• WALDO CANYON FIRE

    President Barack Obama talks with firefighters as he tours the Mountain Shadow neighborhood devastated by wildfires, Friday, June 29, 2012, in, Colorado Springs, Colo. (AP Photo/The Colorado Springs Gazette, Mark Reis)

  • Major Wildfire Forces Evacuation Of Over 30,000 Near Colorado Springs

    COLORADO SPRINGS, CO - JUNE 30: Cars pass an area affected by the Waldo Canyon fire on June 30, 2012 in Colorado Springs, Colorado. The massive fire, which has eased with the help of cooler temperatures and lighter winds, has destroyed hundreds of homes and forced more than 35,000 people to flee. The fire was estimated at 17,073 acres and was 25 precent contained with some evacuees being let back into their neighborhoods. A second body has been located in a burned home while others are still reported missing. (Photo by Spencer Platt/Getty Images)

  • WALDO CANYON FIRE

    President Barack Obama and Congressman Doug Lamborn survey damage from The Waldo Canyon Fire along Majestic Drive, Friday, June 29, 2012, in, Colorado Springs, Colo. (AP Photo/The Colorado Springs Gazette, Mark Reis)

  • Major Wildfire Forces Evacuation Of Over 30,000 Near Colorado Springs

    COLORADO SPRINGS, CO - JUNE 30: Smoke billows at sunrise from part of the Waldo Canyon fire on June 30, 2012 in Colorado Springs, Colorado. The massive fire, which has eased with the help of cooler temperatures and lighter winds, has destroyed hundreds of homes and forced more than 35,000 people to flee. The fire was estimated at 17,073 acres and was 25 precent contained with some evacuees being let back into their neighborhoods. A second body has been located in a burned home while others are still reported missing. (Photo by Spencer Platt/Getty Images)

  • Barack Obama

    Secret Service watch from a tower as President Barack Obama aboard Air Force One leaves the airport in Colorado Springs, Colo., on Friday, June 29, 2012, after surveying damage from the Waldo Canyon wildfire and thanking first responders. The fire destroyed nearly 350 homes and killed one person. (AP Photo/Ed Andrieski)

  • Major Wildfire Forces Evacuation Of Over 30,000 Near Colorado Springs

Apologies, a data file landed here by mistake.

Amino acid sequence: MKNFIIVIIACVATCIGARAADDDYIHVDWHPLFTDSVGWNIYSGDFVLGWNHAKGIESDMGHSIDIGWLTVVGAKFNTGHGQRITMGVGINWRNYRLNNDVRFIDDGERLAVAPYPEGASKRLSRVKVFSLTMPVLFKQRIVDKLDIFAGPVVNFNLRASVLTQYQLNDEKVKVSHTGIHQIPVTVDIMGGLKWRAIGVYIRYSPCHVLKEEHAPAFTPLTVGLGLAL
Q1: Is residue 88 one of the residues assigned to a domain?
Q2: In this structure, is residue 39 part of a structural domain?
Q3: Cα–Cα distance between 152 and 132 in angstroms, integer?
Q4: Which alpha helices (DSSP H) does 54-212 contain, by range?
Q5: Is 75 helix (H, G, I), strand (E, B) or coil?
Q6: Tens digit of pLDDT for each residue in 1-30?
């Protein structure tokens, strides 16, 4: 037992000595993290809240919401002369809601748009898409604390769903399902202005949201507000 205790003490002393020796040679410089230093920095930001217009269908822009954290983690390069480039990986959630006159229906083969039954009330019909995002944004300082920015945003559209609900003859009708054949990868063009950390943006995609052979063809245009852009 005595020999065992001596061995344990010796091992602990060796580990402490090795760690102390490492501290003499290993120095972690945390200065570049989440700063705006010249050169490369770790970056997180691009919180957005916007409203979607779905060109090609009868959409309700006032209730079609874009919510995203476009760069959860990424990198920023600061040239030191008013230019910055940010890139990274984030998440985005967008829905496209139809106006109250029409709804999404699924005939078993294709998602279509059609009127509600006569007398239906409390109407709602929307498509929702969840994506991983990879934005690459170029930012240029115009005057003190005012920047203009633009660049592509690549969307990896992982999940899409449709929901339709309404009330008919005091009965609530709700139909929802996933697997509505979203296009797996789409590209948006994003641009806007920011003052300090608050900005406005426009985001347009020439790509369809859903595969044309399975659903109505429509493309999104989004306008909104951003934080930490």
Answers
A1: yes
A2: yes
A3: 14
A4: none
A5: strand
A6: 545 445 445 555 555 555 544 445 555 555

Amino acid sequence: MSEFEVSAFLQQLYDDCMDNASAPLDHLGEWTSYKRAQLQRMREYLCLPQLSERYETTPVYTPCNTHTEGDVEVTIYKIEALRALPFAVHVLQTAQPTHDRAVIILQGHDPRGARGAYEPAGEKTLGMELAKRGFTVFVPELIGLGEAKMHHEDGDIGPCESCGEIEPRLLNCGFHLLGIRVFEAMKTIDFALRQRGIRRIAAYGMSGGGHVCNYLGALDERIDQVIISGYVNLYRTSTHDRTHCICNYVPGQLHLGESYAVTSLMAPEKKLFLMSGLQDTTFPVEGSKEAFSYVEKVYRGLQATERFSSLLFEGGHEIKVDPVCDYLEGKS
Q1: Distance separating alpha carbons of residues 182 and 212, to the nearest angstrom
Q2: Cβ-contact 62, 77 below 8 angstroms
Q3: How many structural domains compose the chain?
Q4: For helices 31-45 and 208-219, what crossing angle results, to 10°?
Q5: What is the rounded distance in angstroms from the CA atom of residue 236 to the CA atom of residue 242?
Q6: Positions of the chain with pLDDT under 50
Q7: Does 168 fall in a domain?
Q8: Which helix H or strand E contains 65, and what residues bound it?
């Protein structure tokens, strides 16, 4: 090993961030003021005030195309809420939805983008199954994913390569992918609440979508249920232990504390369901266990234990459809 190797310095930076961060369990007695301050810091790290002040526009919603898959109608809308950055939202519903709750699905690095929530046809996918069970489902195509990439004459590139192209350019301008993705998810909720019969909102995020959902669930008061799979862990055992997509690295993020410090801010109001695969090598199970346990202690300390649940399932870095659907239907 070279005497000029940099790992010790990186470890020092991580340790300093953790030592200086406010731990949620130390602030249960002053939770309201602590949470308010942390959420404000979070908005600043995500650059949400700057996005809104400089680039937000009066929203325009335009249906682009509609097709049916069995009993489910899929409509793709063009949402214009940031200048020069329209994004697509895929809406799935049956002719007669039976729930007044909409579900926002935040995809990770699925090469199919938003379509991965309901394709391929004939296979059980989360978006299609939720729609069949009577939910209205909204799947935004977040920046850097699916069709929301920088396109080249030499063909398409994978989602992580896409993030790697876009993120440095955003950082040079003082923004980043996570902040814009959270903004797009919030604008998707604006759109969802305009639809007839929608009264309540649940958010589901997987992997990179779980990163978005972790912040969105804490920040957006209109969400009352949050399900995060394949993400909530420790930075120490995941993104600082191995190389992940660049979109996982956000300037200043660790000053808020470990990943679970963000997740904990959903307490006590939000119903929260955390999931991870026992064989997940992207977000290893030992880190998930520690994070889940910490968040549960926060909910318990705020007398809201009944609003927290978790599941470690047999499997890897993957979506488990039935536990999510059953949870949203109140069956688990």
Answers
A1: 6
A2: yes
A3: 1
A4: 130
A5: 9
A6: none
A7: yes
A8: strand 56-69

COLORADO SPRINGS, CO - JUNE 30: Smoke billows at sunrise from part of the Waldo Canyon fire on June 30, 2012 in Colorado Springs, Colorado. The massive fire, which has eased with the help of cooler temperatures and lighter winds, has destroyed hundreds of homes and forced more than 35,000 people to flee. The fire was estimated at 17,073 acres and was 25 precent contained with some evacuees being let back into their neighborhoods. A second body has been located in a burned home while others are still reported missing. (Photo by Spencer Platt/Getty Images)

  • Barack Obama

    President Barack Obama waves as he boards Air Force One in Colorado Springs, Colo., on Friday, June 29, 2012, after surveying damage from the Waldo Canyon wildfire and thanking first responders. The fire destroyed nearly 350 homes and killed one person. (AP Photo/Ed Andrieski)

  • Members of Bighorn 209, a hand crew from the Crow Agency in Montana check for hot spots on the Waldo Canyon Fire west of Colorado Springs, Colo., Friday, June 29, 2012. After declaring a "major disaster" in the state early Friday and promising federal aid, President Barack Obama got a firsthand view of the wildfires and their toll on residential communities. More than 30,000 people have been evacuated in what is now the most destructive wildfire in state history. (AP Photo/Chris Carlson)

  • Members of Bighorn 209, a hand crew from the Crow Agency in Montana check for hot spots on the Waldo Canyon Fire west of Colorado Springs, Colo., Friday, June 29, 2012. After declaring a "major disaster" in the state early Friday and promising federal aid, President Barack Obama got a firsthand view of the wildfires and their toll on residential communities. More than 30,000 people have been evacuated in what is now the most destructive wildfire in state history. (AP Photo/Chris Carlson)

  • Members of Bighorn 209, a hand crew from the Crow Agency in Montana check for hot spots from the Waldo Canyon Fire west of Colorado Springs, Colo., Friday, June 29, 2012. After declaring a "major disaster" in the state early Friday and promising federal aid, President Barack Obama got a firsthand view of the wildfires and their toll on residential communities. More than 30,000 people have been evacuated in what is now the most destructive wildfire in state history. (AP Photo/Chris Carlson)